The Honorable Jack R. Miller, Judge of the United States Court of Customs and Patent Appeals, sitting by designation


Wyoming Foundry Studios Establishment's and Jackson's interests here are identical, Jackson having performed most of the acts involved here as the principal officer of Wyoming. Wyoming was drawer of the check. They will be referred to hereafter collectively as "Wyoming". Balink joined both as third party defendants in this suit. They won in the trial court, and Balink voluntarily dismissed the appeal to this Court against them


The check had been dated October 7, but with no year given. Balink redeposited it in late October, one year later. This may have misled the Bank and resulted in the erroneous payment. However, there were stamps on the back of the check showing it had been presented before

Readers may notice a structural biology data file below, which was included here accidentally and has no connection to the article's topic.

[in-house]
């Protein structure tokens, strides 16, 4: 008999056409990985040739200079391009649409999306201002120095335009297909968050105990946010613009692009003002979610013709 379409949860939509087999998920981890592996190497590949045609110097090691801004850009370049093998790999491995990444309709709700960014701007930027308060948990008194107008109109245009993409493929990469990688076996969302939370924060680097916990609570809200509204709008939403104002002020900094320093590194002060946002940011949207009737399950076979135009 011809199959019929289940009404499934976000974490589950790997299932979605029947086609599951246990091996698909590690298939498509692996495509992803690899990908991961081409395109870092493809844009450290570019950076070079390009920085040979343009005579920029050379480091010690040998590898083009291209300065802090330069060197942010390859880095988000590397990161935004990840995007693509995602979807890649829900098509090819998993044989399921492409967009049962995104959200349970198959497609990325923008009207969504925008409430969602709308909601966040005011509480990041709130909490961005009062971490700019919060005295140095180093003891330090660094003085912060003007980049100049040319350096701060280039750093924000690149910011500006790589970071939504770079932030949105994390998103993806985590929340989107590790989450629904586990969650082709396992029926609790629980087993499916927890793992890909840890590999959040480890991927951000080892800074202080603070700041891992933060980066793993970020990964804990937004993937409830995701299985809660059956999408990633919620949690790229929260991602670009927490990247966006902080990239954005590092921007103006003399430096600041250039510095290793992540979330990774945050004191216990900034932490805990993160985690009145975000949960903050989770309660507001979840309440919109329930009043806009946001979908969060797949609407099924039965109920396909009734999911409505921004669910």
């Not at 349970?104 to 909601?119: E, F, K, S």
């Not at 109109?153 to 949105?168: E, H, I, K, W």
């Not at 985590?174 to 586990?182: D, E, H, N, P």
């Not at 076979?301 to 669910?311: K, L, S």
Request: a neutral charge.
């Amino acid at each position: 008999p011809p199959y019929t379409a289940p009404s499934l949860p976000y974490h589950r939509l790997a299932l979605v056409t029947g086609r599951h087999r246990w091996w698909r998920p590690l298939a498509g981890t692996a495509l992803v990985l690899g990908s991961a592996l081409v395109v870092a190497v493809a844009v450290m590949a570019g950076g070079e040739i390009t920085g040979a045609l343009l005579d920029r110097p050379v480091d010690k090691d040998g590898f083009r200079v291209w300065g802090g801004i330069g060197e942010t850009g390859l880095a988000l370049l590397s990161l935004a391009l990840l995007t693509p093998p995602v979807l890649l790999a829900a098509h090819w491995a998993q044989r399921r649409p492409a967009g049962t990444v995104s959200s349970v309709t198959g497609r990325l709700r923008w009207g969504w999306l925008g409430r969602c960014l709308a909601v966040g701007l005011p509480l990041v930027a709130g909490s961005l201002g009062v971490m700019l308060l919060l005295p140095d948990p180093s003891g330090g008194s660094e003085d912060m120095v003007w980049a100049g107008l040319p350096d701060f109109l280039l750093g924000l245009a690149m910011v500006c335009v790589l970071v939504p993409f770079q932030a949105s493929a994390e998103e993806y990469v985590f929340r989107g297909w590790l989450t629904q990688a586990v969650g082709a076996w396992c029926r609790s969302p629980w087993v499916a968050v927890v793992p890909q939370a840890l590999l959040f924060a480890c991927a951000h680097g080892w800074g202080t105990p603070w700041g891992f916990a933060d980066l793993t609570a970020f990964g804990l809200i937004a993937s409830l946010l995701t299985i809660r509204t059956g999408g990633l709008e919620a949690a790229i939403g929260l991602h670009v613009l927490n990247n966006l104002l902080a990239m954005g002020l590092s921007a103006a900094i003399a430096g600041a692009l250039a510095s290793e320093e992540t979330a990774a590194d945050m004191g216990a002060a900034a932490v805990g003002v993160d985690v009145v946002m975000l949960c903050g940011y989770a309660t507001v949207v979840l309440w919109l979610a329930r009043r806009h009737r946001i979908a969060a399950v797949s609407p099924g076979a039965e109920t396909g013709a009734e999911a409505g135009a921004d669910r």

A defense of "inequity of being coerced to pay for its own sculpture" was asserted in the state action but not adjudicated because of the settlement. Here we assume that defense to payment would not have prevailed